Many people living with pain rely on medication as the most accessible and affordable treatment. While medication is recommended as one part of a holistic treatment strategy, and not necessarily for long term chronic pain management, the reality is that multidisciplinary treatments such as psychological support or physiotherapy are often not readily available. These multi-disciplinary treatments can also be expensive for people living with chronic pain, particularly when they come with large out of pocket costs.
While Painaustralia continues to try and make best practice pain management more accessible, the centrality of medication to manage chronic pain in Australia cannot be understated. In practice, the National Medicines Policy (NMP) is an essential framework for ensuring that people living with chronic pain continue to have timely access to new and innovative medication at a price they can afford.
The NMP was launched 21 years ago with the aim of improving health outcomes for all Australians. It was developed in partnership with healthcare professionals, consumers, and the pharmaceutical industry. The NMP can be viewed as a document that offends nobody and says all the right things, but more recently its capacity to provide innovative, current and effective treatments to Australians has come under increasing pressure. The emergence of precision medicine and more complex combination therapies that are far more sophisticated than a regular pill to treat a single condition has challenged some of the previous approaches outlined in the NMP.
The changing nature of the health landscape since 2000 requires ongoing review of the policies in place to guide the health system and ensure high quality evidence-based treatments are available to meet current and emerging need. For instance, we know that chronic conditions such as chronic pain now represent just under half (47.3%) of Australia’s health conditions and are projected to increase (ABS 2018).
The Australian Government began a review of the NMP in August and this provides an opportunity for the Minister for Health, the Hon Greg Hunt MP, and his department to make a real and meaningful commitment to chronic pain as a health priority that aligns with national approach endorsed by all Australian governments in the National Strategic Action Plan for Pain Management.
Painaustralia has made a submission to the review in which we highlighted several areas that could be fine-tuned and improved to make things better for people living with chronic pain. Some of Painaustralia’s comments and suggestions for improving the NMP included:
adding a principle of being ‘outcomes focused’. A criticism of the NMP raised by many stakeholders and particularly consumers is that it is unclear how the success or impact of the policy is measured, if at all;
while the NMP’s role in addressing chronic disease is a critical one, there is no mention of ‘chronic disease’ in the current NMP. Chronic conditions have arguably been the most significant shift in health status in the past 20 years and are projected to increase in the coming decade;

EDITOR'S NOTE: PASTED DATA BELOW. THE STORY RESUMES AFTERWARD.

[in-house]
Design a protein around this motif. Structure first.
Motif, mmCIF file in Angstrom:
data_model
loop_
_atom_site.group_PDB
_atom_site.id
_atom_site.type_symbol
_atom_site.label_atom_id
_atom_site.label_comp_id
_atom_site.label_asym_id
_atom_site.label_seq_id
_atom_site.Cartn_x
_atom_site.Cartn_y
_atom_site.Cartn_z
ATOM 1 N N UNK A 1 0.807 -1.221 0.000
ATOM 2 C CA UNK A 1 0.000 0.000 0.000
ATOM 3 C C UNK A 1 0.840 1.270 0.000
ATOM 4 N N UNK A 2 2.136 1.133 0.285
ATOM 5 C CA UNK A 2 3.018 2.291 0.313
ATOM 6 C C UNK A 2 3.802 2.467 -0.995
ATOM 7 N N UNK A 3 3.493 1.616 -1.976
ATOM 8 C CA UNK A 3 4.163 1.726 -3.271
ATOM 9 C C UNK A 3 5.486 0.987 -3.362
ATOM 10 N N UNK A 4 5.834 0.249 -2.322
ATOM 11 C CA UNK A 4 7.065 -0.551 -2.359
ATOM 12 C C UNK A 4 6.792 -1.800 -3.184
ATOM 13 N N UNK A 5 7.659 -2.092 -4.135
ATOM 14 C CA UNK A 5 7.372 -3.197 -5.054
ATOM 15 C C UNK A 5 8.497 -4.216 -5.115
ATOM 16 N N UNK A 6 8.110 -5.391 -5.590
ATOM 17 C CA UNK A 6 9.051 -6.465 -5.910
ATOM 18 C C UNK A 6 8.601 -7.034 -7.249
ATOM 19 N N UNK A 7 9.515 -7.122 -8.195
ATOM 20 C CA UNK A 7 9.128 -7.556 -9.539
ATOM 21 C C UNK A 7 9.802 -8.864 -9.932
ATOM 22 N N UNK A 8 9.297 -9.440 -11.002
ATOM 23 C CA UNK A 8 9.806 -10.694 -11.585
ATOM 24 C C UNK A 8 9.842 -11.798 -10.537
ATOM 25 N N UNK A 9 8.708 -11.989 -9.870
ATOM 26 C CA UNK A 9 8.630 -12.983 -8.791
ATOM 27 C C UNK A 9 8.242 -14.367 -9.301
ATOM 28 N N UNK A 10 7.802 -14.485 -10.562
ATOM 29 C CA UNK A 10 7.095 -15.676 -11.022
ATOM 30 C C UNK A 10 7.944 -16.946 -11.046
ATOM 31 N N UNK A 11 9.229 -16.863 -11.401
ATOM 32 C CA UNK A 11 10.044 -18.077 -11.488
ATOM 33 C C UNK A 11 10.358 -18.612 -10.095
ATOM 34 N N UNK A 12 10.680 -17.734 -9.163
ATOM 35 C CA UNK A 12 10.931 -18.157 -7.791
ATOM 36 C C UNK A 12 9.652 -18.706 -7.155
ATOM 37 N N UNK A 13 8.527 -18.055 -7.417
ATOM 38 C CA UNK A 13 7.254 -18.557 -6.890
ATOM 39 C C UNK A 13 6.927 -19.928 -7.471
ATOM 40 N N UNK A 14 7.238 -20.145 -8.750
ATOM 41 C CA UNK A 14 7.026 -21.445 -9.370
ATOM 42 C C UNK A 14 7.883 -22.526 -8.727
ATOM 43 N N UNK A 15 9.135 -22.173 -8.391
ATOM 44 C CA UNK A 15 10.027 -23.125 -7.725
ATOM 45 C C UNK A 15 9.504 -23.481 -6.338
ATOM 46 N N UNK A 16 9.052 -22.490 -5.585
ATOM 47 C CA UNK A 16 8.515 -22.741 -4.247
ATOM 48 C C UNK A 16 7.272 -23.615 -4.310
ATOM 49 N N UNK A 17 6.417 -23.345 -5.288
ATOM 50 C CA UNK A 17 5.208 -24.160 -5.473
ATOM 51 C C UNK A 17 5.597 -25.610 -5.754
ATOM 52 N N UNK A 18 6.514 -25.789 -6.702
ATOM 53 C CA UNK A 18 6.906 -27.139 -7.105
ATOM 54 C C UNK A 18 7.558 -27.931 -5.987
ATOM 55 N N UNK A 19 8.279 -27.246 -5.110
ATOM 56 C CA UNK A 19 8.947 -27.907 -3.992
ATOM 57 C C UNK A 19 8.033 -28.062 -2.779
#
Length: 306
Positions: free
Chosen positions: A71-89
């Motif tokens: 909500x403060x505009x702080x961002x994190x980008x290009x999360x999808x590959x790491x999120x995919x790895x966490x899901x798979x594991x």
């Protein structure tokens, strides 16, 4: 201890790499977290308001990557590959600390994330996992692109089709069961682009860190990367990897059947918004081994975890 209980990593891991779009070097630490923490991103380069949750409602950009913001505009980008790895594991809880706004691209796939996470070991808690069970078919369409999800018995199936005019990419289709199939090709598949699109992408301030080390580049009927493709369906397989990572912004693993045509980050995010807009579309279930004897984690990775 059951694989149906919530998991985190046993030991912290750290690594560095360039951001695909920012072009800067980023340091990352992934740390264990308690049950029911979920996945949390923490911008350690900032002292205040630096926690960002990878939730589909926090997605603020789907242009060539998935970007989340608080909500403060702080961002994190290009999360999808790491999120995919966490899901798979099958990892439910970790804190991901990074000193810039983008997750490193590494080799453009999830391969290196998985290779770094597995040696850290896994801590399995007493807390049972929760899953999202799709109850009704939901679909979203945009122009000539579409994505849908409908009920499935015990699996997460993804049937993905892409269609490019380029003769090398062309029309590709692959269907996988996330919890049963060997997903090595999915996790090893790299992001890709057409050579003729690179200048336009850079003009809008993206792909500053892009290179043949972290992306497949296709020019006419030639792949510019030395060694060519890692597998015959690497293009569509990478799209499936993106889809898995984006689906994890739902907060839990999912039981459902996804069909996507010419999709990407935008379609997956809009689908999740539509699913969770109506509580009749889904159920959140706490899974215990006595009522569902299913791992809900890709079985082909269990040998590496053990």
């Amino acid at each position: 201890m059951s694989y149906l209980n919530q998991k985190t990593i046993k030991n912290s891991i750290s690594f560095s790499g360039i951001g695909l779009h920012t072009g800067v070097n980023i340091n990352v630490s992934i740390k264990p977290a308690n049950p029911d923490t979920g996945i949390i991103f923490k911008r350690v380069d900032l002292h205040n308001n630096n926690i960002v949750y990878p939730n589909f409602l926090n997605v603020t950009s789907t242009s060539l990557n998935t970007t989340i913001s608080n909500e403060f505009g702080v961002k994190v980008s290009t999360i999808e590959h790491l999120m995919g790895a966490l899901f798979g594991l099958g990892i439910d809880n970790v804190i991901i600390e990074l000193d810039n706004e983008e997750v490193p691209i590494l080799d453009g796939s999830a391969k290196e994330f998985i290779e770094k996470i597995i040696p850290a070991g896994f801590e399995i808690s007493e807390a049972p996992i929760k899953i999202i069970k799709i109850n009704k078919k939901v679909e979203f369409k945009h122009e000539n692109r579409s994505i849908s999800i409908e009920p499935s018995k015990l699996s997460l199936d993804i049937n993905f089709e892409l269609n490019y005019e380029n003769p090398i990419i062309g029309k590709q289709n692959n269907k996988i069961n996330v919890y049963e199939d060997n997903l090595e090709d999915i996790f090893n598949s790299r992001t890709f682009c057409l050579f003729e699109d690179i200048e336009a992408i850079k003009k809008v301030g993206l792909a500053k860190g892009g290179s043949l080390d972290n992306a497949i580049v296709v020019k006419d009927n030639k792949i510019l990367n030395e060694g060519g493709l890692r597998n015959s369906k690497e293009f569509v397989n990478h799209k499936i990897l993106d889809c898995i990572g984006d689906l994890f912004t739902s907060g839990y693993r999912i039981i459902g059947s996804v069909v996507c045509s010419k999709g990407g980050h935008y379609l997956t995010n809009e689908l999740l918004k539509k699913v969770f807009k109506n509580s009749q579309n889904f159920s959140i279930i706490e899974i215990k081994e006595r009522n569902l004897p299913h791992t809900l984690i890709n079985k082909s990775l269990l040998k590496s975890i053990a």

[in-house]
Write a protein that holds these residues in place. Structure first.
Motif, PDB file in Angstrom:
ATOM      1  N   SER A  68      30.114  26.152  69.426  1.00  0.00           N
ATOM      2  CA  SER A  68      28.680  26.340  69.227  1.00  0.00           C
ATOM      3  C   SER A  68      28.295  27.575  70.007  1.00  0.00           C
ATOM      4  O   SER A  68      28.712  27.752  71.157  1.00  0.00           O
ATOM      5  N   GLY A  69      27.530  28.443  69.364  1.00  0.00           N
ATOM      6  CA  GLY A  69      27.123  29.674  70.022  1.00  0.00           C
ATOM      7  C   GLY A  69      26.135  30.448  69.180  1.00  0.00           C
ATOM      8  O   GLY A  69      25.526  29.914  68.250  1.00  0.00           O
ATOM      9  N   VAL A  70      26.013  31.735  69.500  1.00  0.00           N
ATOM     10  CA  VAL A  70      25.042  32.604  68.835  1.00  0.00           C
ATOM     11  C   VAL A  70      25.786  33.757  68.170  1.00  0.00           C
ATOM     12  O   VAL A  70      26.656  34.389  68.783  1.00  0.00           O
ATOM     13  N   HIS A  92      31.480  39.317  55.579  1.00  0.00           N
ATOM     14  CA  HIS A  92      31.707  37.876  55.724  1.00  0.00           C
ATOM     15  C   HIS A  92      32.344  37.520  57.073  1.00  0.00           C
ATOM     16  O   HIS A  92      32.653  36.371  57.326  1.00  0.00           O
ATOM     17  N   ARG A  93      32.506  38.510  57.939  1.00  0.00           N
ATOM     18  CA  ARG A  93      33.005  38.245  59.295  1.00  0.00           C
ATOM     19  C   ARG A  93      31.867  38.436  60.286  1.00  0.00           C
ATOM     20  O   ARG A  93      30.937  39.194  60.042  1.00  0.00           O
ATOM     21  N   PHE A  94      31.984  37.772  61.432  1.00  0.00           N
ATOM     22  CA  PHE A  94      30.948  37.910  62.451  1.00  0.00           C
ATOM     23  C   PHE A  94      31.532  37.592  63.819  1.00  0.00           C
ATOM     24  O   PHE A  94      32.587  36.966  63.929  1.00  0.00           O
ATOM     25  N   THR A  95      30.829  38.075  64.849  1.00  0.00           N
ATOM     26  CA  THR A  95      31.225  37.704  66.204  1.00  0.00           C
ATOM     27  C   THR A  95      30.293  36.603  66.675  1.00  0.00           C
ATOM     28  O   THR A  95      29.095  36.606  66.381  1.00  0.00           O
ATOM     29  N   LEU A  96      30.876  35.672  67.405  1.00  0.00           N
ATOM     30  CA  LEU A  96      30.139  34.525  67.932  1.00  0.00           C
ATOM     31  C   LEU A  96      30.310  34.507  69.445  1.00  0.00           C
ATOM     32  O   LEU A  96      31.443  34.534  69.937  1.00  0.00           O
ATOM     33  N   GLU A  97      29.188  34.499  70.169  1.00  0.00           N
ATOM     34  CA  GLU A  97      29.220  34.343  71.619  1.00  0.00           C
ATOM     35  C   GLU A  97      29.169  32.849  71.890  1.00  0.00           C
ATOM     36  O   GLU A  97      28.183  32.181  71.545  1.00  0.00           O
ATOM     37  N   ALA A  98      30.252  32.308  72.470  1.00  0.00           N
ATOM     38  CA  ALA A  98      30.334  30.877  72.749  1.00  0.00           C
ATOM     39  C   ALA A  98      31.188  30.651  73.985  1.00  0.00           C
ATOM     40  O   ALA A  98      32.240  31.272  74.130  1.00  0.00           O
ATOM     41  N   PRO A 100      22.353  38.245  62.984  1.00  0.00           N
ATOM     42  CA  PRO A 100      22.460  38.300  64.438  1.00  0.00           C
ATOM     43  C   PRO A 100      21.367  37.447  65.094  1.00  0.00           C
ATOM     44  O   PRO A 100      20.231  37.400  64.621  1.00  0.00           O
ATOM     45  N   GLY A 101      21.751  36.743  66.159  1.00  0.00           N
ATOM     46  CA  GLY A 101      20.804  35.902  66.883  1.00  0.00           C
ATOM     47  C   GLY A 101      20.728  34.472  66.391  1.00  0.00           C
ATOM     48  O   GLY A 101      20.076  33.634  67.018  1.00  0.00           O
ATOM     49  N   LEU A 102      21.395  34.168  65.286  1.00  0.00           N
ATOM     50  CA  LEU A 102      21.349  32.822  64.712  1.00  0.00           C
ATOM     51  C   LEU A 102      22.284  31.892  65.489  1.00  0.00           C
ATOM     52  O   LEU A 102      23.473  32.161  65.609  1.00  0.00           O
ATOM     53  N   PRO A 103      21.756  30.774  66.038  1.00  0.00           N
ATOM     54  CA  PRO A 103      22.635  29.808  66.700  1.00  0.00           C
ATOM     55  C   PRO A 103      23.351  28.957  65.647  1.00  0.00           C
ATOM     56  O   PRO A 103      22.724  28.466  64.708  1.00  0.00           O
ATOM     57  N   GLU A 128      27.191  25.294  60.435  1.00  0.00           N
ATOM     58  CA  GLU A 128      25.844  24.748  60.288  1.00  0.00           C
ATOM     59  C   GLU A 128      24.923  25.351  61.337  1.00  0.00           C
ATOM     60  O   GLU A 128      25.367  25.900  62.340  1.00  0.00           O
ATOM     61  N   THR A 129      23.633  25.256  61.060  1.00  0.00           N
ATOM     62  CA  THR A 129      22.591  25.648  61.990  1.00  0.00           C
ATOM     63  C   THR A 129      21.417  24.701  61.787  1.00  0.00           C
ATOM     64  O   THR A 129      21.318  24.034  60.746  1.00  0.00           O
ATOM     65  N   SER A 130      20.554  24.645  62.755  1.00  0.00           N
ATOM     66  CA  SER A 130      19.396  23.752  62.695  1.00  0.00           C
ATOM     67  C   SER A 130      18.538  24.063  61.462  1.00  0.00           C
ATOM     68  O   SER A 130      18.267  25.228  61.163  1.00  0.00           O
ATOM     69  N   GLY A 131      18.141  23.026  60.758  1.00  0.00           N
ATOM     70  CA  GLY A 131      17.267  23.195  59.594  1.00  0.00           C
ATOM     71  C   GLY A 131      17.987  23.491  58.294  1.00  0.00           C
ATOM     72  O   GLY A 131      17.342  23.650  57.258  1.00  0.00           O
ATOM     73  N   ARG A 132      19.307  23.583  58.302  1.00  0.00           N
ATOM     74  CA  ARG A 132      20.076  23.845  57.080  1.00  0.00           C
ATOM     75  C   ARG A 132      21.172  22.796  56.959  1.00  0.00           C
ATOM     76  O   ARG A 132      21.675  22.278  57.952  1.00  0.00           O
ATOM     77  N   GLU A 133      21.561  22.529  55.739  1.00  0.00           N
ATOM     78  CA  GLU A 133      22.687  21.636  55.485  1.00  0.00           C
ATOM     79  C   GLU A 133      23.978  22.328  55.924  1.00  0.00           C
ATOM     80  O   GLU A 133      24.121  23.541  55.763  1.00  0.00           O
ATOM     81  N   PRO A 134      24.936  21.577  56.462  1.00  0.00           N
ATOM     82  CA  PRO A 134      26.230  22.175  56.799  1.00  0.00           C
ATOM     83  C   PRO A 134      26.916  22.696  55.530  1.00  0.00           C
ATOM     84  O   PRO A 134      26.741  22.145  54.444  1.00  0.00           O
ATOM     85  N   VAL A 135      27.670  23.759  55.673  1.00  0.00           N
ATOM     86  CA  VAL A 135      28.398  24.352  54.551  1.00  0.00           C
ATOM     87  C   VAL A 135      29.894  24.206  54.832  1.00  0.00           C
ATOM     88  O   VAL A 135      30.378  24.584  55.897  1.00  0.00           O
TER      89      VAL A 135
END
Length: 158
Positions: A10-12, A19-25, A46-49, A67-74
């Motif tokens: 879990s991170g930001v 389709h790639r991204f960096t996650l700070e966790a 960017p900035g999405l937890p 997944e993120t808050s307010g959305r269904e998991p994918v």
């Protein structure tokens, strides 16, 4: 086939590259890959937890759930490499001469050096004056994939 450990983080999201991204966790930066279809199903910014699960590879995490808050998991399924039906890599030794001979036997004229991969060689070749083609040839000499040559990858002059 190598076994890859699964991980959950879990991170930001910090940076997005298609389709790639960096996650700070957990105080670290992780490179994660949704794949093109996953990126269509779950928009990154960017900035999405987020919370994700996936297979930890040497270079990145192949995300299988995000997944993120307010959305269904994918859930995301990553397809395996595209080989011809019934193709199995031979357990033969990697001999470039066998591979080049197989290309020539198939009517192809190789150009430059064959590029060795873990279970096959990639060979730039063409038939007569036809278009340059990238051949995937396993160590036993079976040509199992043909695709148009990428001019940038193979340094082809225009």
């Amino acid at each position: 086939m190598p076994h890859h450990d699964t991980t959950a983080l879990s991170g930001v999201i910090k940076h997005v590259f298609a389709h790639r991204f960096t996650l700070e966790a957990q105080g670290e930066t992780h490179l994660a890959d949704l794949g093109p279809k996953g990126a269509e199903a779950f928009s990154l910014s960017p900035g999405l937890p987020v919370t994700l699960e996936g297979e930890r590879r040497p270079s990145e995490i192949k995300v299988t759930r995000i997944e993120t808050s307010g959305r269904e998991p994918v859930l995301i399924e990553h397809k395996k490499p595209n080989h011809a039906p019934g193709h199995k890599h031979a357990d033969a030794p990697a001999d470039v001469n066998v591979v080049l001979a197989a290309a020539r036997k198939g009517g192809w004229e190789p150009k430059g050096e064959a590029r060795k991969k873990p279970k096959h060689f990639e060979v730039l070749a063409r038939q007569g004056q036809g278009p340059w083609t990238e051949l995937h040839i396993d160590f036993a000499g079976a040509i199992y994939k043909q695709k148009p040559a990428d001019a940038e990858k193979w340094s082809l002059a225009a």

the definition of the word ‘medicine’ needs to include any product that acts like a medicine, which focuses on the therapeutic effect of a good rather than its form. After all, medicines are no longer just a pill;
while the inclusion of consumers on several initiatives related to the NMP, such as consumer representation on TGA and PBS advisory committees is a positive step, a broad-brush approach to consumer representation provides limited benefit when what is required is nuanced knowledge of specific conditions such as chronic pain. Along with this general consumer approach, Painaustralia would also welcome the participation of consumers who are living with or affected by the condition and use medication as part of future Government consultation processes;
clear messaging regarding decisions and changes to medicines-related policy needs to be considerate of the implications for specific consumer groups. These messages need to be developed with consumers and stakeholders who are knowledgeable about the nuances of specific conditions and cohorts, and how medicines are utilised in these groups;
consumer needs must be recognised in the pursuit of advancing medical technologies. To ensure that consumers are prepared and equipped for this rapidly evolving landscape, consumer health literacy must be improved, and greater awareness of treatment options and best-practice approaches, like a multidisciplinary approach to managing chronic pain, must be promoted; and
Painaustralia noted a lack of focus in the document on implementation including goals, measures, reporting and review frameworks which we suggested should be addressed in future versions.
(The Painaustralia NMP Review Submission 2021 is available on our website here.)
The NMP review provides an important opportunity to fundamentally change the way Australia’s medicines policy works to advance better health outcomes for consumers. In order to achieve this, it must not just be a set of words we can all agree to. An implementation plan supported by measurable, reported and regularly reviewed outcomes measures must sit alongside the policy. It is only by adopting this outcome informed approach that a high-level policy like the NMP can have positive impact in alleviating pressure on our health system.
If we are going to better address the modern and complex needs of Australians who benefit from medication, we need to ground our policies in the real experiences of those who use medicines. This is especially true when looking at the impact of medicines on the lives of people living with chronic pain.